INDIANAPOLIS, Ind.-- Ninth-grader Mallory Hopper first noticed an issue with her eyes at school.
"I was getting like headaches and I couldn’t see everything as well," she said bluntly.
A visit to her eye doctor turned up a familiar story.
"We use tablets in school. We’ve used chrome books. I’m on my phone," she said. "I’m 14 (years old) so that makes sense but…"
All those screens were taking a toll on her eyes.
"They’re like oh, you like have eye fatigue and we’re gonna fit you in these lenses and I was like OK cool. It’s not going to be in pain anymore. OK," Mallory recalled.
Eye fatigue is a far too common sight these days for Dr. Keith Miloshoff at Busby Eye Care in Westfield.
"I see it every single day. Literally every single day. I mean probably at least two or three patients every single day. It can be the adults. It can be kids," Miloshoff said.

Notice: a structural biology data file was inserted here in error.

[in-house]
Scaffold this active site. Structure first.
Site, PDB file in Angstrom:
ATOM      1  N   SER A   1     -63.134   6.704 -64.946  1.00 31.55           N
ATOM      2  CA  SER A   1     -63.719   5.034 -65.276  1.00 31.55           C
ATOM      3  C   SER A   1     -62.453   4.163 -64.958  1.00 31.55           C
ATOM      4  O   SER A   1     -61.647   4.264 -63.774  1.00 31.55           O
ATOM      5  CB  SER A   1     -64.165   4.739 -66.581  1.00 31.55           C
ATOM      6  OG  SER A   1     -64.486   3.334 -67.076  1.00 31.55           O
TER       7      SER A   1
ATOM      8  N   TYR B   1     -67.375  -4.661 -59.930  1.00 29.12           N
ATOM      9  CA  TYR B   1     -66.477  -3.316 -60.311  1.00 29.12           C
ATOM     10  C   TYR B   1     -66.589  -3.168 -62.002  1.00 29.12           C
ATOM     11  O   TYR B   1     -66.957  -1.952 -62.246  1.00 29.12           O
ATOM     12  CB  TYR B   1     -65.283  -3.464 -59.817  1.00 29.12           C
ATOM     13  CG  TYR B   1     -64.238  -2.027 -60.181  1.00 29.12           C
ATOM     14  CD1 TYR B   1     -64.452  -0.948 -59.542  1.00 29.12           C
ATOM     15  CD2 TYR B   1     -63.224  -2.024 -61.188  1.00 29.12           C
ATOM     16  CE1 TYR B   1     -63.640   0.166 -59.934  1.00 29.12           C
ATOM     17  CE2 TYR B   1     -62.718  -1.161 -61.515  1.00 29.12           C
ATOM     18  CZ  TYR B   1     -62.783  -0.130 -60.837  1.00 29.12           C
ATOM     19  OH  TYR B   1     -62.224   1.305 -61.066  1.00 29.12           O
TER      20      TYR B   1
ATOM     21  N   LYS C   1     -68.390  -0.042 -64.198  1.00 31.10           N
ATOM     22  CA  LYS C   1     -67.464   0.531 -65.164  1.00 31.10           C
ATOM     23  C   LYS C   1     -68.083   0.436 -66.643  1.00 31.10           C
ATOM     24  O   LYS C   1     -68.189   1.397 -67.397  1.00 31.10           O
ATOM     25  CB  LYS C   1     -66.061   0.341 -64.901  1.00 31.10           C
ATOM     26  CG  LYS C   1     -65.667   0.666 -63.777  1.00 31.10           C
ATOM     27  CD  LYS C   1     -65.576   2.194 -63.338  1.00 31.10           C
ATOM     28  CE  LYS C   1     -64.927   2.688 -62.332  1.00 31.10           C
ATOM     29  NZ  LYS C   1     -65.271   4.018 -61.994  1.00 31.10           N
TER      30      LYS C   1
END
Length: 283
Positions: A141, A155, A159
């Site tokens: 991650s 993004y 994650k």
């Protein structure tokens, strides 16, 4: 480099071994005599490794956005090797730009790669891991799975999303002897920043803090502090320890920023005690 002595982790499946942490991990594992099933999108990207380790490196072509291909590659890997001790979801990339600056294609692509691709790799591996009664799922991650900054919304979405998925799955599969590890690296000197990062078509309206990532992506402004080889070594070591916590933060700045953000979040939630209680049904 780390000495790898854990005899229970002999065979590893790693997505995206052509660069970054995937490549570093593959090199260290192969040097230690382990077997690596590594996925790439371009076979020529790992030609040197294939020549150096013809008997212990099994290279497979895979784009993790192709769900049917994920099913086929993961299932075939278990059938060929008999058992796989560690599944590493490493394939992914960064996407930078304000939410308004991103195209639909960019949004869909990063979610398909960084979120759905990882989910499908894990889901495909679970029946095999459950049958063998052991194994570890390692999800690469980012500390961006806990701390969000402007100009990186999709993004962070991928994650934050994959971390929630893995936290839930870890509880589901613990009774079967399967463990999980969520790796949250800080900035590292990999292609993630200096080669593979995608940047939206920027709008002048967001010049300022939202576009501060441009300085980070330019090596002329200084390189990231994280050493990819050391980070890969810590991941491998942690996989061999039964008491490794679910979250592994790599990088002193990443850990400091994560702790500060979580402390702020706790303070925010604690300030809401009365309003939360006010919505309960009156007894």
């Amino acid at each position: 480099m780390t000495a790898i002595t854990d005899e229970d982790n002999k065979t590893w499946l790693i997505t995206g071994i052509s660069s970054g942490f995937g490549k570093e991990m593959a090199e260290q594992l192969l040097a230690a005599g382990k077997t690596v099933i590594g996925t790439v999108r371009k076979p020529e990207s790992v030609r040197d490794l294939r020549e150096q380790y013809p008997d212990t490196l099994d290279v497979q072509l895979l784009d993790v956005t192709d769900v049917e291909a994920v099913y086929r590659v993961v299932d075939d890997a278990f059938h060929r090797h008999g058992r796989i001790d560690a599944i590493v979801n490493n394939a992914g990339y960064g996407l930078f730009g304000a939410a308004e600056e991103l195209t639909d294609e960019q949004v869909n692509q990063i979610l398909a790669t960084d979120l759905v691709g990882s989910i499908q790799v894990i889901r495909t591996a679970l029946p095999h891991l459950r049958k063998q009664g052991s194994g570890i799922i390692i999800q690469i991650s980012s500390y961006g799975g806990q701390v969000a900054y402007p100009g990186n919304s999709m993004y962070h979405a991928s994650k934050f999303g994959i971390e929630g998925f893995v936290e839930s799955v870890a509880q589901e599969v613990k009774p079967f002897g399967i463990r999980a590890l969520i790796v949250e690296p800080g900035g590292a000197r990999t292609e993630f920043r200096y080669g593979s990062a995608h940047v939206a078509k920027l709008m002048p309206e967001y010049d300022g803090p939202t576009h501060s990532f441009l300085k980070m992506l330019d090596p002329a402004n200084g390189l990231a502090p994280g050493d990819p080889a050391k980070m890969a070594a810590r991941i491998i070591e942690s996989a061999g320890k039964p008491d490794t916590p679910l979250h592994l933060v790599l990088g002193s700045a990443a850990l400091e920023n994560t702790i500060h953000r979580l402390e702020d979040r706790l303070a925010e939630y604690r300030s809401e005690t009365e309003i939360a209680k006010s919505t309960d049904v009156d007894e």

Miloshoff estimates he personally sees 1,000 patients a year with eye fatigue, nearly half his patients - some as young as 5 years old.
"Computer screen, electronics, cell phones, we’re just using our eye muscles way too much. Basically we need to get them a little more relaxed," Miloshoff asserted.
So he's been prescribing thousands of anti-fatigue glasses to combat the effect of hours and hours of seemingly unavoidable screen time.
"All day in school all our work is on the computer. Like there’s no paper anymore really. So it’s all of these turning in assignments on computer and texting my friends and asking what are you wearing today?" Mallory said.
Parents can help kids avoid eye fatigue with a method called the "20/20 rule.”
Look away from your screen every 20 minutes for at least 20 seconds to relax the eyes.
Or you're left with the same decision Mallory had to make: cut the screen time or wear the glasses.
For Mallory it's, "Glasses for sure."
Dr. Miloshoff says all the blue light we view makes us all more at risk for vision loss.
Those blue light cell phone settings can help. He he says glasses work far better to prevent eye fatigue or worse.